Apparently the stars need producing to fulfill the needs of the modern audience. No wonder that no-one's watching because nothing happens for most of the time (or everything happens, but slooowly). We need more action and drama. The original problem stems from the position of the solar system in relation to the universe. For the sake of good entertainment either the Earth or the whole system should be moved to more exciting a place, maybe closer to the center of galaxy. BBC should be able to arrange that for the next season.

Re:Wow, live stargazing is a TV show in England? (0)

Anonymous Coward | more than 3 years ago | (#34792992)

Close encounters with radiation bursts and orbital perturbrations is the kind of excitement I can do without.

Re:Wow, live stargazing is a TV show in England? (1)

Sulphur (1548251) | more than 3 years ago | (#34789474)

How dare they fulfil their public service obligations by showing a culturally diverse range of programming rather than endless reality shows and soaps!

Is it the programming language?

Re:Wow, live stargazing is a TV show in England? (1)

robthebloke (1308483) | more than 3 years ago | (#34790762)

Yeah, Micro live [youtube.com] and Database [youtube.com]

Re:Wow, live stargazing is a TV show in England? (1)

hcpxvi (773888) | more than 3 years ago | (#34789086)

I am a fan of the BBC, astronomy, Brian Cox and Dara O'Briean [2]. But this show was pretty dull. It had a few interesting things but for the most part the presenters looked faintly embarrassed to be there and with good reason.

[2] Not of Gaelic spelling rules, though.

Re:Wow, live stargazing is a TV show in England? (1)

stevencbrown (238995) | more than 3 years ago | (#34789116)

yup, I agree with this. It was filled with too much padding (did we really need a presenter "live" in Hawaii?). Brian Cox also looked a wee bit uncomfortable with the live presenter job. Dara O'Briain was an excellent choice, being a professional comedian who is also a geek.
The idea of basic stargazing education is very good, but think it would have been better as a series of half hour programmes, rather than an hour 3 consecutive nights. But fair play to the BBC for trying it anyway. wonder what viewing figures were like.

Re:Wow, live stargazing is a TV show in England? (1)

DarwinSurvivor (1752106) | more than 3 years ago | (#34789246)

Probably no worse than the 3-hour long magic bullet/juicer/mixer [pro] BS we Canadians have to endure after 2am.

Re:Wow, live stargazing is a TV show in England? (1)

Sulphur (1548251) | more than 3 years ago | (#34789490)

Probably no worse than the 3-hour long magic bullet/juicer/mixer [pro] BS we Canadians have to endure after 2am.

But it can't miss.

Re:Wow, live stargazing is a TV show in England? (1)

Stooshie (993666) | more than 3 years ago | (#34789594)

However, it did reflect what astronomy is really like. It mostly is waiting around for skies to clear and things in the sky to happen and speculating on previous events while you wait.

Re:Wow, live stargazing is a TV show in England? (0)

Anonymous Coward | more than 3 years ago | (#34789172)

Dara Ó Briain. Hope that helps with Gaelic spelling.

Re:Wow, live stargazing is a TV show in England? (2)

krou (1027572) | more than 3 years ago | (#34789210)

Absolutely loved Brian Cox's "Wonders of the Solar System". Personally, would prefer the Beeb spent their cash on that, rather than shows like this ...

Re:Wow, live stargazing is a TV show in England? (1)

owlnation (858981) | more than 3 years ago | (#34789560)

"Absolutely loved Brian Cox's "Wonders of the Solar System". Personally, would prefer the Beeb spent their cash on that, rather than shows like this ..."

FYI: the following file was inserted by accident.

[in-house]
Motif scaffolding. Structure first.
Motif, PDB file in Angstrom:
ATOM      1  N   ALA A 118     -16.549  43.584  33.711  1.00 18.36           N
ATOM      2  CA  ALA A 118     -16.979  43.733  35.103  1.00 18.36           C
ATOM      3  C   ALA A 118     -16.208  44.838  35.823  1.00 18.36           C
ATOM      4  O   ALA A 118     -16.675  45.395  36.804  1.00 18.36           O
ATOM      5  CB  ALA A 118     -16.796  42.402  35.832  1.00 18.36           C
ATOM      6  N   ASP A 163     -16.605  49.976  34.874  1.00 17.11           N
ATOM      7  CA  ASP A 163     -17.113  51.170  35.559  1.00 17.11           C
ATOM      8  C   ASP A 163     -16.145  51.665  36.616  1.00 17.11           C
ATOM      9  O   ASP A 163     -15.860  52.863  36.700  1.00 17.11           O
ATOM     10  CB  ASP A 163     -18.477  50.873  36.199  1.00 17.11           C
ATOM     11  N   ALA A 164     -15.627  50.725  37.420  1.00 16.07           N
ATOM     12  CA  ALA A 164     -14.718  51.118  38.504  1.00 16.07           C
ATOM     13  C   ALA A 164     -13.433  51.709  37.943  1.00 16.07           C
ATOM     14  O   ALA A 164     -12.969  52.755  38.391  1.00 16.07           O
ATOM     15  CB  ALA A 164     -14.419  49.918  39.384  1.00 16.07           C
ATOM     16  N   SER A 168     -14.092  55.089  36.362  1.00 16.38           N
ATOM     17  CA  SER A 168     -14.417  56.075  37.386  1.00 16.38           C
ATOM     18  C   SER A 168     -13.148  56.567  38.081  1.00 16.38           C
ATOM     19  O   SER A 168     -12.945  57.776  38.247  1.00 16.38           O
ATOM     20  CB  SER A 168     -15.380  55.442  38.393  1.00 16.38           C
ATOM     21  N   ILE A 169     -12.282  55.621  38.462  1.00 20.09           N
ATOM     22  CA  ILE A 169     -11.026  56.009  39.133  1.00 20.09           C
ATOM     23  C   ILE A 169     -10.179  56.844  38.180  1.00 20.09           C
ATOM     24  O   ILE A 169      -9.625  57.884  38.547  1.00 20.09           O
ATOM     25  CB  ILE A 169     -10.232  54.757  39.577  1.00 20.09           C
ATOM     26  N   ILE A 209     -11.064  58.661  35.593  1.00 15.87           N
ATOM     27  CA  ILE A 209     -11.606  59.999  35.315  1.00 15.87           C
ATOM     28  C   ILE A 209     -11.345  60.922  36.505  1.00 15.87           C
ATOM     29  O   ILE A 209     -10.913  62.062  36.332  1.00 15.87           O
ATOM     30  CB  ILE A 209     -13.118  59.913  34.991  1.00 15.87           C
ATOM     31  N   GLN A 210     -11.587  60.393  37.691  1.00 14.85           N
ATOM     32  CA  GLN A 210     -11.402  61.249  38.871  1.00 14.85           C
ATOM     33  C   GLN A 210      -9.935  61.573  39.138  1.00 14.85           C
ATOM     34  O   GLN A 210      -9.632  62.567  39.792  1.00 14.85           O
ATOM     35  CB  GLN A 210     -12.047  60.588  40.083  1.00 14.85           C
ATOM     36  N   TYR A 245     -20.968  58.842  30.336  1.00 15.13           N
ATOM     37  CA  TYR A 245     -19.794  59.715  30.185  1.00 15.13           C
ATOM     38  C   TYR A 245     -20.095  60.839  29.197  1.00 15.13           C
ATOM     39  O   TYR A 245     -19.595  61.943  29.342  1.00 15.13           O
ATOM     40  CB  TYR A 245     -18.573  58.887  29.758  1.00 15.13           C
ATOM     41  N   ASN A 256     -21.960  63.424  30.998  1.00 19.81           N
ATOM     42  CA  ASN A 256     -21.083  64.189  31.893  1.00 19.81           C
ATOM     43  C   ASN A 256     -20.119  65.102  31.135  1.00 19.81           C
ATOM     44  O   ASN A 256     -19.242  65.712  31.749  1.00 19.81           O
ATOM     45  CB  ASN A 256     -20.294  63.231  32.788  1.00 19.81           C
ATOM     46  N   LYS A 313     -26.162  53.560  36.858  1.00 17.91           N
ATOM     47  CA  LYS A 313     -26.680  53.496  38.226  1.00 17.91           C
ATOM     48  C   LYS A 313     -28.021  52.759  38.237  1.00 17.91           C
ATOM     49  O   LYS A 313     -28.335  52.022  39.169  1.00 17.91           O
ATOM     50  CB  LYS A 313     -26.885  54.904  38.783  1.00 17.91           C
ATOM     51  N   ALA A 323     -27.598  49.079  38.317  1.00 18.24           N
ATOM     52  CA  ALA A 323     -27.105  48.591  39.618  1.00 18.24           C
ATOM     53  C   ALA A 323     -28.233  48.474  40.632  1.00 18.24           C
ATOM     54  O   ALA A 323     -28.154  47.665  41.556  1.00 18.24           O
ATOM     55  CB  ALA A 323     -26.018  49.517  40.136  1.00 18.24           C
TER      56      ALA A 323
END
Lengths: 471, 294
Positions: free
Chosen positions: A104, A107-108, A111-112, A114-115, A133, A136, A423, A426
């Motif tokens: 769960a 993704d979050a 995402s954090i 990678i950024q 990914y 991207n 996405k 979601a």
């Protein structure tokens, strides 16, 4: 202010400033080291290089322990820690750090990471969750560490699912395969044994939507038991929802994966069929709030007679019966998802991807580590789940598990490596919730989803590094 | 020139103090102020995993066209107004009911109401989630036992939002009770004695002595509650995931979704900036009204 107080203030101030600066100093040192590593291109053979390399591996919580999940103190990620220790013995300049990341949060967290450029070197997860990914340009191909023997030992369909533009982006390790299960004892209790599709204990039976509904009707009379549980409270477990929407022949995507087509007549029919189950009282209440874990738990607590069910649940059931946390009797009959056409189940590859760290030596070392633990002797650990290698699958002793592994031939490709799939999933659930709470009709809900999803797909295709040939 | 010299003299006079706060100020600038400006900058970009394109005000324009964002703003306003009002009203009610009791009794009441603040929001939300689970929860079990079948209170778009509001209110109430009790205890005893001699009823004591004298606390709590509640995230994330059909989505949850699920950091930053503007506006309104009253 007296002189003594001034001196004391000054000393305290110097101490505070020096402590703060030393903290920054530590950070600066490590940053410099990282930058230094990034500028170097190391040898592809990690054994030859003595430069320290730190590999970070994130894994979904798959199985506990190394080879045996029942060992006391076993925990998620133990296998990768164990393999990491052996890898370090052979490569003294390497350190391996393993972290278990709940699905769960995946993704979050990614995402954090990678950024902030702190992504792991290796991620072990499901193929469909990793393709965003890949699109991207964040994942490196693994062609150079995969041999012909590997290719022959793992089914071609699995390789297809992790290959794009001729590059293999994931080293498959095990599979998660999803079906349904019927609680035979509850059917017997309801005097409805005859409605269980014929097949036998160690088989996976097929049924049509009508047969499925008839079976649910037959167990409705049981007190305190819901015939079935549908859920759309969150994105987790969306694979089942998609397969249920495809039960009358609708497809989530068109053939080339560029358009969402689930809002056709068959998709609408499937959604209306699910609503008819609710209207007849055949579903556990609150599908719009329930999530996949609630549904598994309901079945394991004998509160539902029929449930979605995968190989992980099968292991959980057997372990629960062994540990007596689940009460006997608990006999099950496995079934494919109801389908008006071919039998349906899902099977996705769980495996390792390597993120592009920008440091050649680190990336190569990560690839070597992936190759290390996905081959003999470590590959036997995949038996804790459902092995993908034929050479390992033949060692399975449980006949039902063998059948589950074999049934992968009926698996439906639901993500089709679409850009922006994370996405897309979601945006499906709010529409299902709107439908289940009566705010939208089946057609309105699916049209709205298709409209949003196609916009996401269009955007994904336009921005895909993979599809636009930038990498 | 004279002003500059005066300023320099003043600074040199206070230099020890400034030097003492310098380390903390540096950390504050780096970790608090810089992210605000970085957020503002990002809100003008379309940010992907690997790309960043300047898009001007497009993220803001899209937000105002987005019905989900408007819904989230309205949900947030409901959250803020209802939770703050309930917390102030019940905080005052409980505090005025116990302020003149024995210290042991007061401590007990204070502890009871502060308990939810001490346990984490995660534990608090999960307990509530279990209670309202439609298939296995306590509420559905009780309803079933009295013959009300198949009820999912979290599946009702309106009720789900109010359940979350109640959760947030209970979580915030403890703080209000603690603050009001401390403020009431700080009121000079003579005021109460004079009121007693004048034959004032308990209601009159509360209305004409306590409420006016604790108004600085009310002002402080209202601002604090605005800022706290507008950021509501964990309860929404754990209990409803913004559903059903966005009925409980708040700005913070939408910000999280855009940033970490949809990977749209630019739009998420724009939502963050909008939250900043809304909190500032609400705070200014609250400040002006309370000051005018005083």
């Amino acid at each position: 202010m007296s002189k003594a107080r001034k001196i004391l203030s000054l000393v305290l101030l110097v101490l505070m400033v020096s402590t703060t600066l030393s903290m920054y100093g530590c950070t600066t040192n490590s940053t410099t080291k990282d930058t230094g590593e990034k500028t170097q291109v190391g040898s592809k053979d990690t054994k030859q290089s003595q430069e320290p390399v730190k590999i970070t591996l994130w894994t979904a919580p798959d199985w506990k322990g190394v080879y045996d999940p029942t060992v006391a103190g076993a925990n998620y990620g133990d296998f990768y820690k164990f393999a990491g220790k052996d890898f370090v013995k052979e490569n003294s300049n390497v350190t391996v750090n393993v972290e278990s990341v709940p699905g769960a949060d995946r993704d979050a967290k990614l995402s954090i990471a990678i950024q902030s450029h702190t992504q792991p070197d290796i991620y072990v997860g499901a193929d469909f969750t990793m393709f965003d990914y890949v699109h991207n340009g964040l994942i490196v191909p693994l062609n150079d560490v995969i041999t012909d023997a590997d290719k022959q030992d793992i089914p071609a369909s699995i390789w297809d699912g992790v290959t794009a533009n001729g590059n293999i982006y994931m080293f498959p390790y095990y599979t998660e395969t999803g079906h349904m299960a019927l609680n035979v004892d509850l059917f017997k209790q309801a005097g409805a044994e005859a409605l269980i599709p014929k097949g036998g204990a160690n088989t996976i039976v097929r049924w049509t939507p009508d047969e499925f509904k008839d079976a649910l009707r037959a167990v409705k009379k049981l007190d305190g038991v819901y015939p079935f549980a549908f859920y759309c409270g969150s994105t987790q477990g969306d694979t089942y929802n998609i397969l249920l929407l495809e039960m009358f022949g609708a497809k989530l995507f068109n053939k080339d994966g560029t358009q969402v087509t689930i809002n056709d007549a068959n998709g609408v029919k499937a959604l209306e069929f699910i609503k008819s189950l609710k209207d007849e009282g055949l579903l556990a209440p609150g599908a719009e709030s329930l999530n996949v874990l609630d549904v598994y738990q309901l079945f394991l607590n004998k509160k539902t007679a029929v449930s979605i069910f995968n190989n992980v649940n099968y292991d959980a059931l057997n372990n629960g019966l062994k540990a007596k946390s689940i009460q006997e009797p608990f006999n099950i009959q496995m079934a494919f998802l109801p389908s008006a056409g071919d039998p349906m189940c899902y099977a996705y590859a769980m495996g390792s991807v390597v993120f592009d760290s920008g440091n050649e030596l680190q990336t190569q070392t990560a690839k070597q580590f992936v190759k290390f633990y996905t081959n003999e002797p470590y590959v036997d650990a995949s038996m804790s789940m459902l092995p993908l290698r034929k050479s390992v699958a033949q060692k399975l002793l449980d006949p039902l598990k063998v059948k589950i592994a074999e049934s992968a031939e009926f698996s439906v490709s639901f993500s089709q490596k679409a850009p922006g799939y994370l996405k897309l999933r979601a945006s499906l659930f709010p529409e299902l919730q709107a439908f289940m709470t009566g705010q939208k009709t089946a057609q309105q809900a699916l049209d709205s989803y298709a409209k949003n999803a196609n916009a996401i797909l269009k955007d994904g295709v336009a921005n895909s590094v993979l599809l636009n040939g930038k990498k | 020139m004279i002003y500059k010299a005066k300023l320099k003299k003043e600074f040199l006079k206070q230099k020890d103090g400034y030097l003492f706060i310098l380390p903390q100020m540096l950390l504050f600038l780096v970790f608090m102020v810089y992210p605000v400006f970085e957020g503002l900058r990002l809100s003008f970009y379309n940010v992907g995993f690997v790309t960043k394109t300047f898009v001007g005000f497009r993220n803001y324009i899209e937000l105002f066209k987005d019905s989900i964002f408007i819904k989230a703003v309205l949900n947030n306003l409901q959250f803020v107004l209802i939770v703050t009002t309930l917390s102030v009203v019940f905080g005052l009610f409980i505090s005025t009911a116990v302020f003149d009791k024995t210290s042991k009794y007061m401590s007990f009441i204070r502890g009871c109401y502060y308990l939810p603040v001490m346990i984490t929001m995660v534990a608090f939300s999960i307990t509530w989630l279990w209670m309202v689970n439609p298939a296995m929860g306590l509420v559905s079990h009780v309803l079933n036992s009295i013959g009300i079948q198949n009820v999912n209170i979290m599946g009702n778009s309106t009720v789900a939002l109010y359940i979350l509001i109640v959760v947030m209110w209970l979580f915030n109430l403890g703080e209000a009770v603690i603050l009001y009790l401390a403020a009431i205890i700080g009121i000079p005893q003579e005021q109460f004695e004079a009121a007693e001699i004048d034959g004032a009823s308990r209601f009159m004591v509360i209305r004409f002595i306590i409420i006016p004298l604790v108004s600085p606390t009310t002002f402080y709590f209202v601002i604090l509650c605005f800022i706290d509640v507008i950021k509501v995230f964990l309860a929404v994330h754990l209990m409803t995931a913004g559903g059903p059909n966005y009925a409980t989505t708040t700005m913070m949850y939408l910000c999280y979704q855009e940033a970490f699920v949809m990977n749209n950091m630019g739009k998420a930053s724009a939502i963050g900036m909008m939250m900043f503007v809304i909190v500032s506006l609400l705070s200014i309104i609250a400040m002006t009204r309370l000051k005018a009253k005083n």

If you live in the UK, it's our cash, not theirs. Not that they spend it in any kind of representative manner. While it is true that this kind of show is closer to their public service remit than the vast majority of their soap/reality/cooking/make-over show output, it still wasn't very good quality.

It's been so long since the BBC has had to actually try to create a production with high quality production values, that there's no producers working for them with the talent to do so.

This was pretty typical BBC: sort of intelligent, but also sort of dumb, bad camerawork, presenters who try to make the show all about themselves -- and all in all, a bit dull and patronising.

Re:Wow, live stargazing is a TV show in England? (0)

Anonymous Coward | more than 3 years ago | (#34790024)

Yes, let's harshly criticise them for even trying to cater to a geek audience (something I don't see any other channels doing right now, even the supposedly more scientific channels on cable seem to be about loudmouth presenters blowing stuff up while they high-five each other). That will encourage them to do more, better geek programming in the future...

It's a pretty sad state of affairs when the most scientifically interesting show on TV is Big Bang Theory (not to be confused with Bang Goes the Theory [bbc.co.uk] , the Beeb's other offering which is very much in the idiots blowing stuff up vein).

Re:Wow, live stargazing is a TV show in England? (1)

iserlohn (49556) | more than 3 years ago | (#34791532)

Let me guess.. Radio 4 listener...

On the whole, the documentaries that the BBC produces is better than any other broadcaster, public or private in any other country in the anglosphere. I've lived in 4, and the BBC produces the best "factual" programming by far.

Re:Wow, live stargazing is a TV show in England? (1)

MeesterCat (926256) | more than 3 years ago | (#34789590)

And as he nicely plugged during the show, he has a new series "Wonders of the Universe" starting in March.

Personally I found this an interesting set of programmes. Yes there was some filler, but it was nice to see something vaguely intelligent on TV. All the old semi-heavyweight documentaries on UK TV have either disappeared (Equinox), or turned into a kind of lightweight, 'look what our CG department can do' fluffy documentary series (Horizon; see also Panorama).

I still miss impenetrable Geometry programmes on Open University at 4am. *Sniff*

Re:Wow, live stargazing is a TV show in England? (1)

robthebloke (1308483) | more than 3 years ago | (#34790868)